After about 2.5 hours of paddling we stopped for lunch... when your hungry anything tastes good but I have to say that the sandwiches we had on the river were a lot nicer than what I would expect to have in the middle of nowhere.

Lunch during our Panama Rafting Trip

We also took good photos under the waterfall but those will have to wait until we have the disposable camera's photos.

Waterfall of the Chiriqui Viejo in Boquete, Panama

Off we go again for another 1.5 hours of paddling. For the last 30 minutes I was too tired to really paddle. Papito told me that I was stirring soup. It's my third trip with Papito and on the previous two I fell out of the raft: not this time. At the end of the trip he tried to get me out of the raft but he only managed to throw out my companions!

At the put out (Salsipuedes) we had to hike uphill for 5 minutes where a 4 x 4 was waiting for us. Other companies make their guests walk this last part (another 15 minutes) and others even expect the guest to help with the rafts. This is also a way in which these rafting trips contribute a little something to the community instead of making $10 more in profit.

Our group at the end of our Rafting Trip

We make a final stop at a gas station and Jim gets two six packs of cold Panamas for all of us. Again, something that we weren't expecting but that was really welcomed!

So adrenaline and excitment are not the only reasons to raft one of the best rivers for whitewater in the world: it's also one of the most incredible ways to apprecaite Panama's beauty.

I truly hope a miracle happens to stop the damming of the Chiriqui Viejo. I would invite Panama's government authorities to do the math (and for the ATP to lobby and use their influence to stop these projects): research how many raft companies exist in Costa Rica, calculate how many tourists they attract to that country each year and estimate how much many they spend in the country during their visit (and how many people directly benefit from their visit). I bet that long term sustainable sums win against the millions that the government gets paid by the damming companies (and I'm not including what Panama's loose in wildlife and vegetation richness, which is priceless).

Caldera Hot Springs: 5 p.m. to 8 p.m.

We did like 20 minutes from Boquete to the town of Caldera.

From there it was like a 10 minute drive to the bridge over the Chiriqui River.

The four of us on the bridge over the Chiriqui River on our way to the Caldera Hot Springs

If you take a left you'll get to the Hot Springs with four natural pools mentioned in many Panama Guide Books and in the eco-adventure tour section of our website. If you take a right after a 30 minute crazy off road drive you'll get to the hotsprings that we went to (it's really a stone wall pool with hot water in it that comes from a hot spring).

Sign to the Abuela Hot Springs in Caldera near Boquete

It took us just over 30 minutes to cover the 4 kms... why? Check out this video about our drive to the Abuela Hot Springs in Caldera, Panama.

Which Hotsprings in Caldera are better? I prefer the four natural pools. For one thing the water is hotter (considerably). Some people don't like the mud and the lower water levels but I don't mind. You also have the advantage of being able to hop into the river and then back into the hot springs (and if you walk upstream you can get to some really cool waterfalls). The four nautral pools only cost $1 per person and this other one costs $3 per head. You can get to the four natural pools faster (and I can't imagine how much a taxi would cost you for 30 additional minutes of serious off road driving). If you don't want to walk (our case after a long day of rafting) then these last ones are for you. The off road drive is quite a nice adventure and they also have a shower.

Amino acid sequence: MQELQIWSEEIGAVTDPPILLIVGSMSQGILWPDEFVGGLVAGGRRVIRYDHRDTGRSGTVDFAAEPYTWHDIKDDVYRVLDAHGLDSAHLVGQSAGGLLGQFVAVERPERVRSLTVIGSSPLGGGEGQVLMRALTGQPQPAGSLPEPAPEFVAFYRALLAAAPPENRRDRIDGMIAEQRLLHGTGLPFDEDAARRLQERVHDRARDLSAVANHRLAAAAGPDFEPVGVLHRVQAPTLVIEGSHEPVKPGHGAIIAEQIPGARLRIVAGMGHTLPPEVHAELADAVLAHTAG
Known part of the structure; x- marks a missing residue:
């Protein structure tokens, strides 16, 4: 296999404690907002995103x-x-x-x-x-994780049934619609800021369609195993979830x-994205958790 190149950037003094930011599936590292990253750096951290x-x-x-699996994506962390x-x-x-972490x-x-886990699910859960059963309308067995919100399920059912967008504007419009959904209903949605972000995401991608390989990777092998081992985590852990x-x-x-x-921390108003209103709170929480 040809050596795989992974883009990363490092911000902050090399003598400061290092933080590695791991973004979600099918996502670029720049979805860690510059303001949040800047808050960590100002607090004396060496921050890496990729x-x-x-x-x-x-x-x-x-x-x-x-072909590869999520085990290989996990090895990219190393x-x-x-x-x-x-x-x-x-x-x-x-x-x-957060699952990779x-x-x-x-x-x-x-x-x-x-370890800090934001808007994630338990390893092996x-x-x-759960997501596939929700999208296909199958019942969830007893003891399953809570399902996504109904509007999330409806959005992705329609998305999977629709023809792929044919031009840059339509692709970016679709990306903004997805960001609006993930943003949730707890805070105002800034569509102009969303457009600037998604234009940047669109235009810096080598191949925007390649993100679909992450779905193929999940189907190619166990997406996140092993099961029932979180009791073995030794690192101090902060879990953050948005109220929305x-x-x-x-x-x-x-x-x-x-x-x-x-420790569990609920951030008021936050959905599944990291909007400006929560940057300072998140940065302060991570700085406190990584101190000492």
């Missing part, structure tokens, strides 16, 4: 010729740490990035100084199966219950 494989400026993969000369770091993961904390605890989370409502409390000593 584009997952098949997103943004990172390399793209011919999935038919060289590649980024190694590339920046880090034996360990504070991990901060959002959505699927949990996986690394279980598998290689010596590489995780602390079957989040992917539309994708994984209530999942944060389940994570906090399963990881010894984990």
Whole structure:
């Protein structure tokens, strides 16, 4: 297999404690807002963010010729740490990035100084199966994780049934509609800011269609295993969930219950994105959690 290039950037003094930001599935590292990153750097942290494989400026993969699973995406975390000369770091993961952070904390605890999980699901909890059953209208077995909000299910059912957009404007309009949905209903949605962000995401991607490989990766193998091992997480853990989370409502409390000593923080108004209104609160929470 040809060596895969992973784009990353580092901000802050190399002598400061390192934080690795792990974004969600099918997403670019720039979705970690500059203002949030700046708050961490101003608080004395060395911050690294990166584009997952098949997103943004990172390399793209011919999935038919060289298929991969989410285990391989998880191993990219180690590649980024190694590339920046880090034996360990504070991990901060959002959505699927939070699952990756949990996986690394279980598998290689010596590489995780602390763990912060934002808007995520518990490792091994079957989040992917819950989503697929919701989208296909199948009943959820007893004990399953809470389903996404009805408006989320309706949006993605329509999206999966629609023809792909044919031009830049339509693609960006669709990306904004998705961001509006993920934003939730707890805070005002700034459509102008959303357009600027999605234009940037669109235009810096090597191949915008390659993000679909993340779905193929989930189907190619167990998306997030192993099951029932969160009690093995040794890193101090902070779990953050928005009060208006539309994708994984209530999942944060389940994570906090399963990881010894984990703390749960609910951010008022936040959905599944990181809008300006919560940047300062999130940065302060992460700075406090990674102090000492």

My wife, my son and me in the hot water pool of La Abuela

Here is a video that can give you a better idea about these Hot Springs in Caldera.

All in all we really enjoyed our visit to the Caldera Hotsprings and our sore muscles after all of that paddling definitvely apprecaited it (and the Panama beers in the hot water were really refreshing).

Poker Night at Nomba: 9 p.m. to 2 a.m.

Almost every week some locals and travelers get together to play poker. It's normally Ryan from Hostal Nomba, me and Carlos from Habla Ya, Jim from Boquete Outdoor Adventures and sometimes David from Hostal Boquete. Each of us invite our guests so we're normally six to twelve people playing poker.

Poker night and Nomba Hostal in Boquete Panama

I don't know what happened this week but sixteen people were playing poker. At a $10 buy-in... well it's a really good pot for a Panamanian. This week I didn't have luck, but my partner did so good for him. He split the pot with a guy from Canada. My brother in law did manage to get a spot in the final table and there was even a guy that hit a poker of aces!

The winners shaking hands at Hostal Nomba after the 16 man poker match

Boquete might not be Panama's hottest party town, but with young travelers and locals around it's always possible to find good conversation and cool ways to entertain yourself in Boquete during the week. Thanks to Ryan from Hostal Nomba for providing us with a wonderful night out!

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We've been writing about all things Panama for over 10 years. So search our blog to plan your vacation. From must do's, where to party or eat, to which beaches and hiking trails you shouldn't miss. You'll find great insider info about Bocas del Toro, Panama City and Boquete, as well as Panamanian culture, customs and traditions, and certainly tips and advice for learning Spanish while on vacation!